with heavenly wisdom and intelligence is no coincidence. It exists because the human mind
is a microcosm, a miniature image, of heaven. . . .
In a small society, that is, members will be obliged to do things they are not especially
good at. As the society grows, the talent pool is greater. To some extent, however slight,
each new member enables others to focus more appropriately on their own strengths. The
reverse of this was obvious at SSR when Bob Kirven retired and Ted and I had to pick up
courses he was very good at, courses not central to our own training. The good side is
happening now with the arrival of Wilma Wake. By doing what she is especially skilled at,
she enables the rest of us to be better centered, to put more energy into courses for
which our backgrounds have provided a better basis. Still, Wilma is not Bob, so there has
been a rearrangement. We have not gone back to the way things were.
If we are in a state of constant flux, if there is this kind of sorting and confusion
going on most of the time, is the image of the human form any use at all? It is, I
believe. As Paul very rightly stressed, it urges us to look for and treasure different
gifts. It urges us to be observant, to be sensitive to the processes within our community.
Who are the people who are willing to ask the hard questions? Who are the people who tend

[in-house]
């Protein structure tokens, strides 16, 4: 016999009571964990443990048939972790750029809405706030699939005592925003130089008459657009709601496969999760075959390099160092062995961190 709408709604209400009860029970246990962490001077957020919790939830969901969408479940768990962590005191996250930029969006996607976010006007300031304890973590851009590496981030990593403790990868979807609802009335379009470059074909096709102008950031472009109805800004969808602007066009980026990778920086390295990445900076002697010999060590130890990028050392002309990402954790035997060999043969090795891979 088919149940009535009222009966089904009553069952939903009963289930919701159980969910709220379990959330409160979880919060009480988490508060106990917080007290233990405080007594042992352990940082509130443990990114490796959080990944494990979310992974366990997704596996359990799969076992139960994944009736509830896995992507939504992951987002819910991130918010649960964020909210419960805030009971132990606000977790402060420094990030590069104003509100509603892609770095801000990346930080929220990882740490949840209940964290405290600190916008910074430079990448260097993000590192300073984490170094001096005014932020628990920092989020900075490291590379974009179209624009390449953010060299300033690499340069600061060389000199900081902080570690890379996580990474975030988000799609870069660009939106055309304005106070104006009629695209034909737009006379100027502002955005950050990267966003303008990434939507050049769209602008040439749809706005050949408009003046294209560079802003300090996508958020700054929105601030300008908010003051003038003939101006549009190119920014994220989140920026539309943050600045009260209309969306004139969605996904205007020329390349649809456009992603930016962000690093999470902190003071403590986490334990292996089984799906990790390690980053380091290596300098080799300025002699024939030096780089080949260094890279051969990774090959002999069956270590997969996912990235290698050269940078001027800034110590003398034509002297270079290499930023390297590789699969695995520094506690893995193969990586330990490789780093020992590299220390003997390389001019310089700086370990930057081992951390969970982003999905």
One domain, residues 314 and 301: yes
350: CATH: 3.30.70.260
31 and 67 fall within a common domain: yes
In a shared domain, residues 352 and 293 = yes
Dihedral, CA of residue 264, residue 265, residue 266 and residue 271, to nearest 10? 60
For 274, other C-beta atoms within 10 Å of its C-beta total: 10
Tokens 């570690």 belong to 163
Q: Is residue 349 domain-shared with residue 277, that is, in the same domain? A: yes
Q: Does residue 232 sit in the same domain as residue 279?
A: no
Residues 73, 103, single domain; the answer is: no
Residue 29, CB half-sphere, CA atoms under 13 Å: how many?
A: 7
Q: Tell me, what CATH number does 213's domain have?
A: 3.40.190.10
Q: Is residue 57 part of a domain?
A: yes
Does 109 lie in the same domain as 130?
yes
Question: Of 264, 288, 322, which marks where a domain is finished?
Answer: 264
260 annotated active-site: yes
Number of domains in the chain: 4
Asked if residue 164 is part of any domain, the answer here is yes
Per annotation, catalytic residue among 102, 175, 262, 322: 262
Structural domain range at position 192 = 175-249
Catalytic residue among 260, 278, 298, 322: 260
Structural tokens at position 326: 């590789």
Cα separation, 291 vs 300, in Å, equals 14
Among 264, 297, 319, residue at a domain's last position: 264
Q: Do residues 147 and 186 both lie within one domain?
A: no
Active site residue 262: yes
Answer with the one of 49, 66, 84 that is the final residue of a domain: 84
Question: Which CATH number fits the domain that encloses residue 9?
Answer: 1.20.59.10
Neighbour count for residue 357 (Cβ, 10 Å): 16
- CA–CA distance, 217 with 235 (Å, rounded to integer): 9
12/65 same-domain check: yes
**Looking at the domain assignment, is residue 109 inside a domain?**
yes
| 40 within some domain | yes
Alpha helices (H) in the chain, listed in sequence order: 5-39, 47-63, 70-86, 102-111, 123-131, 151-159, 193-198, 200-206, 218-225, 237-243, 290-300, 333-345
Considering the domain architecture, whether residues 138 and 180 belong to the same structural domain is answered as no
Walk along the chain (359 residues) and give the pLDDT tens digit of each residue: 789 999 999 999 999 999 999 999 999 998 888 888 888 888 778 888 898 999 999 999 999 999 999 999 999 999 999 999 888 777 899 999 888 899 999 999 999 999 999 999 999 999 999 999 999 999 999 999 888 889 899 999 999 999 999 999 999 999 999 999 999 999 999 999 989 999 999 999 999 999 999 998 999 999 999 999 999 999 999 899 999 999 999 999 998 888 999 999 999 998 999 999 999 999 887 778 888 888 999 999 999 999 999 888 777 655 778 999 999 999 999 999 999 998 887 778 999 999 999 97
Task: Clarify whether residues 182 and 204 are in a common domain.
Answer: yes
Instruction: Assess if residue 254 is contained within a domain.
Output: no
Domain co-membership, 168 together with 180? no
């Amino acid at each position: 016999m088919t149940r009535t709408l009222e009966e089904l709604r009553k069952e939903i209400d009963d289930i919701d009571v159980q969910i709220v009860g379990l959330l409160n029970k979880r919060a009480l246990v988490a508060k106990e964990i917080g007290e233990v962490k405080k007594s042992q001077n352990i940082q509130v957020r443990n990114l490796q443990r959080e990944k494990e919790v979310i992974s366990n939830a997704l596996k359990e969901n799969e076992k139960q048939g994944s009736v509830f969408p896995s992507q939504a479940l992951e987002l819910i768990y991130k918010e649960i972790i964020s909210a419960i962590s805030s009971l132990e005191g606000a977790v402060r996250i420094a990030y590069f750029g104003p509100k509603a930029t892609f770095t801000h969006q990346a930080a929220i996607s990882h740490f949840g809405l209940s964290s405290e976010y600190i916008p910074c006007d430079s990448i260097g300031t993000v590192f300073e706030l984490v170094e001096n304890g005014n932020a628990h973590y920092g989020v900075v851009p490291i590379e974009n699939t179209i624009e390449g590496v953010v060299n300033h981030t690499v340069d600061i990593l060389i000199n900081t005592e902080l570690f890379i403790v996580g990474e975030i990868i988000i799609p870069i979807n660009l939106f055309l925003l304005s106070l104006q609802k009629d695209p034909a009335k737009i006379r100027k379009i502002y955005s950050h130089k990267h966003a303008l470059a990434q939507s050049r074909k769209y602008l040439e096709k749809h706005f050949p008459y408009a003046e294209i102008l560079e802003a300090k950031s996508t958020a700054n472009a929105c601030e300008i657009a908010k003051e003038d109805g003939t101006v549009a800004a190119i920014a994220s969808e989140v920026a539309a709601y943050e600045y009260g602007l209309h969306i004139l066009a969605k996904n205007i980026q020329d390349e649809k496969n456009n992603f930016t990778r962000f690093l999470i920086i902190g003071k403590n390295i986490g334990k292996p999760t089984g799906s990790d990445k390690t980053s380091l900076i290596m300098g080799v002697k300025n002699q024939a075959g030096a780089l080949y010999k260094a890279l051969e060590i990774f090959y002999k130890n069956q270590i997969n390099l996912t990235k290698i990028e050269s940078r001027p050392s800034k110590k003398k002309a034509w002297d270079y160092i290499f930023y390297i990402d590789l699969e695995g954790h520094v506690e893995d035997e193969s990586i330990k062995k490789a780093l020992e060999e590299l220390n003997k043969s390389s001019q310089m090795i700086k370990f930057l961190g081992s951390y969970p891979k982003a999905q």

to be quiet during the talking stages but thoroughly engaged in the action stages? If the
process is getting hung up at some point, is it because some particular element is
missing? Sometimes, for example, everyone agrees that a particular project would be ideal.
It seems that the basic resources are available, but for whatever reason, no one feels
able to shepherd the project through the necessary stages of planning and execution.
There is a team, but no captain, a chorus, but no director. Another time, there may be an
abundance of chiefs but no Indians.
Perhaps one of the subtler assets of the image of the human form is that it is complex and
alive. If you look at a human body, you do not see any pigeonholes. You do not see any
boundary lines, any seams. It is an organic whole, constantly adjusting to changing
circumstances. The eye can read a book or marvel at a sunset or be aware of the changing
spatial relationships between one's car and the rest of the traffic on the highway. The
hand can turn pages or shade the eyes or control the steering wheel.
Then too, whatever happens, the whole body is involved and affected. The feet do not go
off on their own. This is perhaps the hardest lesson to learn--that ultimately there is no
such thing as a totally private matter. Jesus reminded us that it is from the heart that
evil thoughts proceed, and that a bad tree will produce bad fruit. In a more confrontive
vein, he informed us that there is nothing hidden that will not eventually be disclosed.
The closer the ties that bind the church together--and it is our goal that these ties be
those of true mutual affection and understanding--the more our actions and our attitudes
have a ripple effect through the whole church body.
Finally, our text identifies clearly a spirit without which any form of organization will
be destructive. ". . . whoever wants to be great among you shall be your minister, and
whoever wants to be chiefest shall be the servant of all." No one who wants power for the
sake of having power is fit to have it. The absolute essential, whether the task be great
or small, is the desire to serve. If we have any doubt about this, we have not really come
to terms with the one we call Lord, to whom is given all power in heaven and on earth,and
who came not to be served but to serve, even to the giving of his life.